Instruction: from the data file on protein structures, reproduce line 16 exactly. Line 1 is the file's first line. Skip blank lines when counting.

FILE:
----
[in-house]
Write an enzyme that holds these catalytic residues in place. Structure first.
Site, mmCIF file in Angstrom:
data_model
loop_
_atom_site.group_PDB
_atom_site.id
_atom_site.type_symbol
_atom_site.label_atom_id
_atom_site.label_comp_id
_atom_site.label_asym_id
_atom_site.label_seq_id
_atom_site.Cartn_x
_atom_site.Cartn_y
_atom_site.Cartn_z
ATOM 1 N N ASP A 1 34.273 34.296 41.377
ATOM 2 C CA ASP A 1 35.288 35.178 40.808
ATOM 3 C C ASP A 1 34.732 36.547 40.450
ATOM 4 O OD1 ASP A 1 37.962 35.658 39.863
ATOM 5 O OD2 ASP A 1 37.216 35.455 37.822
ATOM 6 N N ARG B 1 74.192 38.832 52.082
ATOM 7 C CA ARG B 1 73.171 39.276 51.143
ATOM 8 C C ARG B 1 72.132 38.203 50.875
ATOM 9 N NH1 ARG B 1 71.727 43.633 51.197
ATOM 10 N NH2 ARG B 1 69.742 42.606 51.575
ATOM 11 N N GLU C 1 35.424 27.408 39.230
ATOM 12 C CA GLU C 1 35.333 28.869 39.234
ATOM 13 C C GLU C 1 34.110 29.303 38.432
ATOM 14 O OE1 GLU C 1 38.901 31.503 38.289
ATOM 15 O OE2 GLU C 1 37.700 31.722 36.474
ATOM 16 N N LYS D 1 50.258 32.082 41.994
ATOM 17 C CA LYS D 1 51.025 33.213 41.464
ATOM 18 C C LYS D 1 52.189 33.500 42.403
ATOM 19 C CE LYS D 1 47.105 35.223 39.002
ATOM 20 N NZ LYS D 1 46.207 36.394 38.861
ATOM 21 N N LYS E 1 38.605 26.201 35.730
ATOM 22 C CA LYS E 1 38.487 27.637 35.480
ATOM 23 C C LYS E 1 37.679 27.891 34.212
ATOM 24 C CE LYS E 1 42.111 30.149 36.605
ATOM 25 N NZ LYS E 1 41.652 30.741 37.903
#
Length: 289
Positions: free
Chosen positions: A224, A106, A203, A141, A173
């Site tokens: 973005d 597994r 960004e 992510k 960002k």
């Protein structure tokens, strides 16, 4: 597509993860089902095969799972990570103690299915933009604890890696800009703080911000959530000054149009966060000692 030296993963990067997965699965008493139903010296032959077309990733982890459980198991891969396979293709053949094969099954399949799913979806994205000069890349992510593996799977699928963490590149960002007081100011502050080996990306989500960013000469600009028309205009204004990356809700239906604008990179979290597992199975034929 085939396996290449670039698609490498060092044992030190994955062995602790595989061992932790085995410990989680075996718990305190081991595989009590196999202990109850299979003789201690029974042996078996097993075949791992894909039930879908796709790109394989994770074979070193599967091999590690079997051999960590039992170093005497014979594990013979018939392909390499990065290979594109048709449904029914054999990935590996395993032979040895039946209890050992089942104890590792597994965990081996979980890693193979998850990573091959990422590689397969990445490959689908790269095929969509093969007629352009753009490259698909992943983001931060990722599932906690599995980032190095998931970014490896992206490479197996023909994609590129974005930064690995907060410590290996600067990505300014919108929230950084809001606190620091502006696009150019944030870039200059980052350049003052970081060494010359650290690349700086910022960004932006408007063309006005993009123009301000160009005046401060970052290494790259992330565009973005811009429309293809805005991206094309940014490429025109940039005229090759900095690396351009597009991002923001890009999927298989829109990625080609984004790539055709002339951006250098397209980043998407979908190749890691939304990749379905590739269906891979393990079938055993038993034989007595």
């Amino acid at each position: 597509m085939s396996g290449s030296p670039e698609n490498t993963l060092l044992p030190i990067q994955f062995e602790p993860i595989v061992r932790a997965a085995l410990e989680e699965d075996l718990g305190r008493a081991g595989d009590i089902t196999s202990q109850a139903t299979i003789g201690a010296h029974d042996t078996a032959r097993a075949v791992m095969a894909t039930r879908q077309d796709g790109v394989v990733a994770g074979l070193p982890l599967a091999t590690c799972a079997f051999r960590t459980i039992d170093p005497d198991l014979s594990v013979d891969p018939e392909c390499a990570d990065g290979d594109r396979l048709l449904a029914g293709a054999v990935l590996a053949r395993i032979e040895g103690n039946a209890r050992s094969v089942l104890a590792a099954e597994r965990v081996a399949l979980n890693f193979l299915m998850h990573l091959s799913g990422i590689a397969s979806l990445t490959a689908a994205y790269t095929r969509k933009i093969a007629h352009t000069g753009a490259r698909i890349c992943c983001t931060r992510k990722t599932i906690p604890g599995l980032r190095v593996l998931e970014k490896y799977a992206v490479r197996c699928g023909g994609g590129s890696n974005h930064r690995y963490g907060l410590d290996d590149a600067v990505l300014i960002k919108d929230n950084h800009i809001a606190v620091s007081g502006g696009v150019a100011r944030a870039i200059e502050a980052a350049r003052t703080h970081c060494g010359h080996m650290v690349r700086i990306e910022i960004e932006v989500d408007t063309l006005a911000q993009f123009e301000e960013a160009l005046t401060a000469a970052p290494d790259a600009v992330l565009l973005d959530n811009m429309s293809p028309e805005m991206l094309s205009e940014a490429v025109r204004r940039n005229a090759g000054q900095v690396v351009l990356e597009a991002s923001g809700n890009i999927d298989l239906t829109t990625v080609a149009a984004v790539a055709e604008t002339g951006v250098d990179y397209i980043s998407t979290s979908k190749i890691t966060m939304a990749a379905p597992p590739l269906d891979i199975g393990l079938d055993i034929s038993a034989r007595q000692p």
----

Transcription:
ATOM 1 N N ASP A 1 34.273 34.296 41.377